Endoscopy 2003; 35(6): 548
DOI: 10.1055/s-2003-39674
Unusual Cases and Technical Notes

© Georg Thieme Verlag Stuttgart · New York

Modified Suction Cap Technique for Endoscopic Management of Esophageal Food Impaction

N.  C.  Patel1 , L.  C.  Fry1 , K.  E.  Mönkemüller1
  • 1Division of Gastroenterology, University of Alabama at Birmingham, Birmingham, Alabama, USA
Further Information

K. E. Mönkemüller, M.D.

Division of Gastroenterology
University of Alabama at Birmingham

633 ZRB, UAB Station
Birmingham, AL 35924
USA

Fax: + 1-205-934-8493

Email: Monkemuller@aol.com

Publication History

Publication Date:
03 June 2003 (online)

Table of Contents

Acute food impaction, usually of a meat bolus, is the most common foreign body found in the esophagus [1]. Many methods of managing food impaction have been described. They include the administration of intravenous glucagon, the use of gas-forming carbonated beverages, of devices including nasogastric tubes and Foley catheters, and of endoscopy [1]. A particular endoscopic method described by Saeed et al. has proved to be a safe and effective means of retrieving food boluses [2]. We describe a simple and useful modification of this technique to improve the efficiency of endoscopic removal of impacted food.

As described by Saeed et al. a lubricated overtube is placed proximal to the meat after the meat bolus has been visualized. The endoscope is then removed. A drum tip (suction cap) is screwed into place on the tip of the gastroscope, converting the endoscope into a suctioning device with the ability to directly visualize the meat bolus. The endoscope is advanced through the overtube and under direct vision the endoscopist is able to suction the meat bolus into the drum and remove it safely [2].

One drawback of this procedure which we have occasionally encountered is failure to keep the meat bolus secured by simply applying suction, despite using greater suction forces. This problem has occurred particularly when the meat has been partially digested. We have modified the Saeed procedure by advancing a Dormia basket into the endoscopic channel through the drum tip (Figure [1]). The meat bolus is grasped with the basket, and the endoscope with the suction cup is slowly advanced towards the impaction while the Dormia basket grasping the bolus is carefully pulled toward the endoscope (Figure [2]). Once the meat is inside the drum tip, full suction is applied and the impacted food is removed by means of this combination method.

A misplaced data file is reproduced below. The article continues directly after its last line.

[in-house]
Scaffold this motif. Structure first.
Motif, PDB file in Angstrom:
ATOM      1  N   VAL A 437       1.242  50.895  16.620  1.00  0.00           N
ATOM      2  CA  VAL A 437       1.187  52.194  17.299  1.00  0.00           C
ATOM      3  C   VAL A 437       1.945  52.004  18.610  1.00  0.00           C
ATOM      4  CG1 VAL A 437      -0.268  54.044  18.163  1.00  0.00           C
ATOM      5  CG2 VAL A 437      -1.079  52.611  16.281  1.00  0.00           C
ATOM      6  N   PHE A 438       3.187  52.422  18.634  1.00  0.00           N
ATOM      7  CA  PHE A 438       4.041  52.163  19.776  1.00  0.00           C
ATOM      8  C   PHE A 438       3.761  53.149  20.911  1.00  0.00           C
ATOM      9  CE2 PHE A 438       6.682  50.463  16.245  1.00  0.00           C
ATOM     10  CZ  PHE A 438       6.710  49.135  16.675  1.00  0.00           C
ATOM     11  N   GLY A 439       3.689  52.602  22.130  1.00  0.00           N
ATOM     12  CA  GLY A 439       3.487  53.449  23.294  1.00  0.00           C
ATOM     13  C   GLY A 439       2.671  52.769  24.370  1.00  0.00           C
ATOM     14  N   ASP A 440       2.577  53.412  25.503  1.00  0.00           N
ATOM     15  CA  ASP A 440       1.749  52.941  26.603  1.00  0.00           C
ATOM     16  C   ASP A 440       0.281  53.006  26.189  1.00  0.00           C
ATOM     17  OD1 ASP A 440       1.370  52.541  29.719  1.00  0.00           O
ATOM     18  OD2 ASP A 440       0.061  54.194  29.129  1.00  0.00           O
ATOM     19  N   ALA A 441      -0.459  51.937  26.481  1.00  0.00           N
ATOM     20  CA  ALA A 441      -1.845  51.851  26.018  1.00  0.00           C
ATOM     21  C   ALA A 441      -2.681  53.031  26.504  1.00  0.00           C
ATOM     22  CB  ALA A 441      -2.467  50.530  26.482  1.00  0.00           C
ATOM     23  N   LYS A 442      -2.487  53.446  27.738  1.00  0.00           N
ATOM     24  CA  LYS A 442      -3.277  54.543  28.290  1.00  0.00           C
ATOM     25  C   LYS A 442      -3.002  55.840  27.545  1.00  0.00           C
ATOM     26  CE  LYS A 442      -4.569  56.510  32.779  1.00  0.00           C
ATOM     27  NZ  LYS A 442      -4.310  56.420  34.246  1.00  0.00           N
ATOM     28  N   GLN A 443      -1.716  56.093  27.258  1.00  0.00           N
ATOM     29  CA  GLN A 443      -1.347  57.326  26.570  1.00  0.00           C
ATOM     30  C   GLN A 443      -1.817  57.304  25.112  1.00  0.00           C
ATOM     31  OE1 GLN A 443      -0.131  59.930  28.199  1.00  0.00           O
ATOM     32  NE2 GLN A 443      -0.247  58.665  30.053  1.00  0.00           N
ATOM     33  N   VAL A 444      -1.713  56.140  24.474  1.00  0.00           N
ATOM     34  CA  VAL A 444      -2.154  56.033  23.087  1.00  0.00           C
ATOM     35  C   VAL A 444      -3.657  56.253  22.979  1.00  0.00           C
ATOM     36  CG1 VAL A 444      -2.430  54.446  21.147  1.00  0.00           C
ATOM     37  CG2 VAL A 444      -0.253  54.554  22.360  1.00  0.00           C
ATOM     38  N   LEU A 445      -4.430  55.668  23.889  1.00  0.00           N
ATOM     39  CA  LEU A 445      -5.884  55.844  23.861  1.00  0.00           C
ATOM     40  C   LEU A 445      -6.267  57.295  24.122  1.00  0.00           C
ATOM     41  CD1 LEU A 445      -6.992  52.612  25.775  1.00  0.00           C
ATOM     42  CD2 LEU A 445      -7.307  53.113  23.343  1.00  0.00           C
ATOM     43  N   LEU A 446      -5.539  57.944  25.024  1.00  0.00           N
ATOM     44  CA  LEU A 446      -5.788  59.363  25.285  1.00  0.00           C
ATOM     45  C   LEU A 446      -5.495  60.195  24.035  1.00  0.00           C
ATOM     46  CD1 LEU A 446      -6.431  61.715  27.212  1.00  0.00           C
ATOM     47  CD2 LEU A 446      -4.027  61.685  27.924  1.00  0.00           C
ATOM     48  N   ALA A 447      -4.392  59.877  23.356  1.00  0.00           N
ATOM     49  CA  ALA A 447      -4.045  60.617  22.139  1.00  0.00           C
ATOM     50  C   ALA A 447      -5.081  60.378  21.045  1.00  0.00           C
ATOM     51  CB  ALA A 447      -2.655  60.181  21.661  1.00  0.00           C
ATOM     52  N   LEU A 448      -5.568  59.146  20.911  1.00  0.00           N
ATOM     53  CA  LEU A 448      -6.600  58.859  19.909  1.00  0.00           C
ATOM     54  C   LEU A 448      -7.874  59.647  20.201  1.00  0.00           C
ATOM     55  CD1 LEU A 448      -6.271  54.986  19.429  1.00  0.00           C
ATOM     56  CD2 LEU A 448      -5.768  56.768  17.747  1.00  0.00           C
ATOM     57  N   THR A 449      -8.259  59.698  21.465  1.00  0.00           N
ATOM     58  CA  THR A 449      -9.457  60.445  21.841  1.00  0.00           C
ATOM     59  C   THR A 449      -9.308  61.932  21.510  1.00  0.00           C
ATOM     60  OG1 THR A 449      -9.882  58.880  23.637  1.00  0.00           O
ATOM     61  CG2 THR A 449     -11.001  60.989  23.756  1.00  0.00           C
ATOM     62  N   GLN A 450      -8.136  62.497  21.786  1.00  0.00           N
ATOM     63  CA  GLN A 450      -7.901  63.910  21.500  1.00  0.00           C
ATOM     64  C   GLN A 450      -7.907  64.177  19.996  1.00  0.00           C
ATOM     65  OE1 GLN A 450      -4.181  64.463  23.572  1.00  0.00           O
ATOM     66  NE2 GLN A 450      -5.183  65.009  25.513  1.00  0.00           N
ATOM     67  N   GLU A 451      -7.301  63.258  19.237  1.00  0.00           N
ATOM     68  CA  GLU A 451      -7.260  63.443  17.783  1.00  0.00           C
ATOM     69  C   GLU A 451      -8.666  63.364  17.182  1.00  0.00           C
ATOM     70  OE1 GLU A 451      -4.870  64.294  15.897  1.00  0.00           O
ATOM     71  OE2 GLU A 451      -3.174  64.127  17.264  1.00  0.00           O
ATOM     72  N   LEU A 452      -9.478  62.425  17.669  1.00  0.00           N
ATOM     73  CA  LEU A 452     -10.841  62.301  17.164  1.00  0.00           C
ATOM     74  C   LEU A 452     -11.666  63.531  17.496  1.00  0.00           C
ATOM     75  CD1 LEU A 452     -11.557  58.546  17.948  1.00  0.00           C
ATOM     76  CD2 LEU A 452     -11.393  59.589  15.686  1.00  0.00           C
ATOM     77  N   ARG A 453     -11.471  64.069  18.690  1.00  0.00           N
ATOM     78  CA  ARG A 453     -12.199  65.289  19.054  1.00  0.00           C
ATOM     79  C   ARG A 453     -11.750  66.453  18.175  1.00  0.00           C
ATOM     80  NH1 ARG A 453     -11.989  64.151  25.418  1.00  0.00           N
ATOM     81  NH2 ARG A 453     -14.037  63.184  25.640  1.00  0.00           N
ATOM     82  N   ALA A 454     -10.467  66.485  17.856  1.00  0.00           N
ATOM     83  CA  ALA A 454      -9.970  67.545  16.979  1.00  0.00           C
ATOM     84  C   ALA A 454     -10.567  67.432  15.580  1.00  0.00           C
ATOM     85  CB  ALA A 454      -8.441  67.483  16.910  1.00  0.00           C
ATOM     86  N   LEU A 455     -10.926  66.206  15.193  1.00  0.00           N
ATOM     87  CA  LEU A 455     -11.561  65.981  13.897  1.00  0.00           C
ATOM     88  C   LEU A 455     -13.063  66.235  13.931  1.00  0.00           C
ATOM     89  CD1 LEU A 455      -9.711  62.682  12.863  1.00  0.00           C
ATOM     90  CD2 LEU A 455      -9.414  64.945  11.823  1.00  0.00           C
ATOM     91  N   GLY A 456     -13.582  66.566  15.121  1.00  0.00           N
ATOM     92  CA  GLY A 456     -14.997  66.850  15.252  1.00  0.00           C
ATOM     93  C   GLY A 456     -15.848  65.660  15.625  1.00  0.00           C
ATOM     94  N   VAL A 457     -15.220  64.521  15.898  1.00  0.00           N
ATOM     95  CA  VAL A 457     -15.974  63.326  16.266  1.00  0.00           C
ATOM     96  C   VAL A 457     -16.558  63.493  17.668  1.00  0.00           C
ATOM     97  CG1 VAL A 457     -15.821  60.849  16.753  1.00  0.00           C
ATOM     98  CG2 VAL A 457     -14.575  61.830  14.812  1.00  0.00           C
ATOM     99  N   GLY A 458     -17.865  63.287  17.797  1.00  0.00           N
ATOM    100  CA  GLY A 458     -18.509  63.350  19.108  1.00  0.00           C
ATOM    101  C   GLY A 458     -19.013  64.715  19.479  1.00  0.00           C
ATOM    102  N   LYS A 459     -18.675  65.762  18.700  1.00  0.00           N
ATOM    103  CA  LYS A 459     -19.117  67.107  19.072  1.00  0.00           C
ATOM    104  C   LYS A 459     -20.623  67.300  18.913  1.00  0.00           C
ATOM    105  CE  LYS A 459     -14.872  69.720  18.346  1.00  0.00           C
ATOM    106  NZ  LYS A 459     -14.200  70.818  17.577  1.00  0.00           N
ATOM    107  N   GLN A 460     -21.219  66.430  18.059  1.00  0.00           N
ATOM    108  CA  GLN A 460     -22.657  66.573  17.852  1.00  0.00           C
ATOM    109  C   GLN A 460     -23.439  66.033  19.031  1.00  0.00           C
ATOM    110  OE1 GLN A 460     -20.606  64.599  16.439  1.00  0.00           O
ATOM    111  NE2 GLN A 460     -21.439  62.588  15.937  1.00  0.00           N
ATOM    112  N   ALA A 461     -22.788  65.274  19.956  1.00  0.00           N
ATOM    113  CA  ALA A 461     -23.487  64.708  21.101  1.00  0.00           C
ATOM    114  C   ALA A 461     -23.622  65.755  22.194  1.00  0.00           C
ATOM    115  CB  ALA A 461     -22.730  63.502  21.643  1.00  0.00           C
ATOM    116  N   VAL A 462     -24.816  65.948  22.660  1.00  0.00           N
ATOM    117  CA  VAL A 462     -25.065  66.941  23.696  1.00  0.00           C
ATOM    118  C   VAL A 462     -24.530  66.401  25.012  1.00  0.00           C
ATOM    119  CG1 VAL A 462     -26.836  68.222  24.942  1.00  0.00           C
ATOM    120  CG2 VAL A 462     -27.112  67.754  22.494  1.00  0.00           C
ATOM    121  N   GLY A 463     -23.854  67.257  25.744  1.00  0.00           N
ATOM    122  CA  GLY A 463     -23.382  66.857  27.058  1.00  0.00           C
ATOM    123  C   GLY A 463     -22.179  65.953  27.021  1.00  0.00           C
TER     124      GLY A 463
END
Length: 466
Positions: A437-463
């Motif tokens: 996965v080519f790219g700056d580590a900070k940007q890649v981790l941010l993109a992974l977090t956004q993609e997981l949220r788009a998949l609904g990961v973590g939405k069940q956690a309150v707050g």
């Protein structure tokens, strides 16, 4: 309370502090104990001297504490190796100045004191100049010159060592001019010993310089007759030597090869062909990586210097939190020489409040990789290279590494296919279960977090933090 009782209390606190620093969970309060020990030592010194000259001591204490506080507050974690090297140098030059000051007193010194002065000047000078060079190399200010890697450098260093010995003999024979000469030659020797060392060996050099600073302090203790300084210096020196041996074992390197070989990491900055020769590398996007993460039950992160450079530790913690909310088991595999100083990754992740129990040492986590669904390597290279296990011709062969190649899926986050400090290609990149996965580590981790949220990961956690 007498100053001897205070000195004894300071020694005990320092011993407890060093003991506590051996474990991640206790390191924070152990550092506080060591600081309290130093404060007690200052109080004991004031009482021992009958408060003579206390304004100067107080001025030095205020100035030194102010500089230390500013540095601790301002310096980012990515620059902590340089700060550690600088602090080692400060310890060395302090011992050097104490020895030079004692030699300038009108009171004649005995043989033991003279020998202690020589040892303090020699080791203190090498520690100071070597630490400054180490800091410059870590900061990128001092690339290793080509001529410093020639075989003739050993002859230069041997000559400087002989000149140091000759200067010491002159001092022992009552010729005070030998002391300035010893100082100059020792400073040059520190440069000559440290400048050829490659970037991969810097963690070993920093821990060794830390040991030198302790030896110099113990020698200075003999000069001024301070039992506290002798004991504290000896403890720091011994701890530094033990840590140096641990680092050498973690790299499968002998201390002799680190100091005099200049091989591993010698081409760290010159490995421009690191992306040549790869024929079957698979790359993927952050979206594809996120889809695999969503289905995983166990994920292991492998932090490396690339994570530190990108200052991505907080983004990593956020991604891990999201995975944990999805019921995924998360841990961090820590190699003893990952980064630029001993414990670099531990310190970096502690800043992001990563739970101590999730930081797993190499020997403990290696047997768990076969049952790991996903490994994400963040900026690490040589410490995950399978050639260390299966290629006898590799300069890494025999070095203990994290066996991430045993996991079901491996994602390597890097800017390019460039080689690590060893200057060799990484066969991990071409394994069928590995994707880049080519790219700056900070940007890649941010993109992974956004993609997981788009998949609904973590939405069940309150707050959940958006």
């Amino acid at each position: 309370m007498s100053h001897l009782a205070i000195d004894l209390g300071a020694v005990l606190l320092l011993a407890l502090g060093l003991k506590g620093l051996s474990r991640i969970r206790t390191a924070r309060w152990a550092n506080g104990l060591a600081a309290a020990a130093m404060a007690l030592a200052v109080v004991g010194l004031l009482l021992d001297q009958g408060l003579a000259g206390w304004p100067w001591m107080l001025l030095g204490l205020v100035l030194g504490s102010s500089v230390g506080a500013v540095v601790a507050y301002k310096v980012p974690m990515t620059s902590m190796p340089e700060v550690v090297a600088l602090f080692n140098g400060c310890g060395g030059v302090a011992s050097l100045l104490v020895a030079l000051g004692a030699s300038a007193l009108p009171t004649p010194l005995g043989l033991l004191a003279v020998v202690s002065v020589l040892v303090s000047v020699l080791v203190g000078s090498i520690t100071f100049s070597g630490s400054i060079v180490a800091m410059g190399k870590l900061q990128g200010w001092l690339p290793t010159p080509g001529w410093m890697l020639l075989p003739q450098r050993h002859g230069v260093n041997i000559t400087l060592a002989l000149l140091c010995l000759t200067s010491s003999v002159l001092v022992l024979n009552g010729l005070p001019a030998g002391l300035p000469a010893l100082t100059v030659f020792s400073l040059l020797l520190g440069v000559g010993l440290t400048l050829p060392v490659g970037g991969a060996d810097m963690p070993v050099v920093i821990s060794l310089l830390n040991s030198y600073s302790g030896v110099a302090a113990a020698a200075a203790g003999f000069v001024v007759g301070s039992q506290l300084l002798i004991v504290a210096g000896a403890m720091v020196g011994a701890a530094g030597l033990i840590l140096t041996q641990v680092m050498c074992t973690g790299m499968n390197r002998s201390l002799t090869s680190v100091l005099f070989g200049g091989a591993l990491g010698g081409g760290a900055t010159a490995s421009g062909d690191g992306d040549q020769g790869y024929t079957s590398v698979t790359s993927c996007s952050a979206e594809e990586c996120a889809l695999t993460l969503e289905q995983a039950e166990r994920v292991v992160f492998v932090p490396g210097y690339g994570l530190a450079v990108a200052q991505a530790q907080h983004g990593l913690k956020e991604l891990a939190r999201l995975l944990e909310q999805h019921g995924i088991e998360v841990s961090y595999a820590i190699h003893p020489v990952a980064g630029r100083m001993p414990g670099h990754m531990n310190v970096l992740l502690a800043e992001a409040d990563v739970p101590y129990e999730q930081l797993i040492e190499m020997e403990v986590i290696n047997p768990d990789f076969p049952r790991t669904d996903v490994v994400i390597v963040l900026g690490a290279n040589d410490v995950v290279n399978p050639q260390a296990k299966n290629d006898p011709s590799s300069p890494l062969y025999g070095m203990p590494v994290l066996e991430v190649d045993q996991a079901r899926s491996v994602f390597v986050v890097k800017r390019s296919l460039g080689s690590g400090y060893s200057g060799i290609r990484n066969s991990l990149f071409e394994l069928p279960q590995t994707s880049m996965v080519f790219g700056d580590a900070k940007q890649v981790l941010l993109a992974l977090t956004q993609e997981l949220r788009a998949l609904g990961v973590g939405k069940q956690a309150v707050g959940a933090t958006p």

Zoom Image

Figure 1 A Dormia basket is advanced through the drum tip and the meat bolus is grasped with the basket.

Zoom Image

Figure 2 The meat bolus has been grasped with the basket. The endoscope with the suction cup is advanced towards the meat bolus impaction while the Dormia basket grasping the bolus is carefully pulled towards the endoscope.

This modification has proved to be successful in four cases, resulting in efficient removal of impacted meat. This technique may also reduce the time spent in removing food boluses by virtue of decreasing the number of passes required to clear the impaction. We conclude that the modified suction cap technique using a Dormia basket is a useful and effective maneuver for retrieving impacted food boluses.

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References

K. E. Mönkemüller, M.D.

Division of Gastroenterology
University of Alabama at Birmingham

633 ZRB, UAB Station
Birmingham, AL 35924
USA

Fax: + 1-205-934-8493

Email: Monkemuller@aol.com

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References

K. E. Mönkemüller, M.D.

Division of Gastroenterology
University of Alabama at Birmingham

633 ZRB, UAB Station
Birmingham, AL 35924
USA

Fax: + 1-205-934-8493

Email: Monkemuller@aol.com

Zoom Image

Figure 1 A Dormia basket is advanced through the drum tip and the meat bolus is grasped with the basket.

Zoom Image

Figure 2 The meat bolus has been grasped with the basket. The endoscope with the suction cup is advanced towards the meat bolus impaction while the Dormia basket grasping the bolus is carefully pulled towards the endoscope.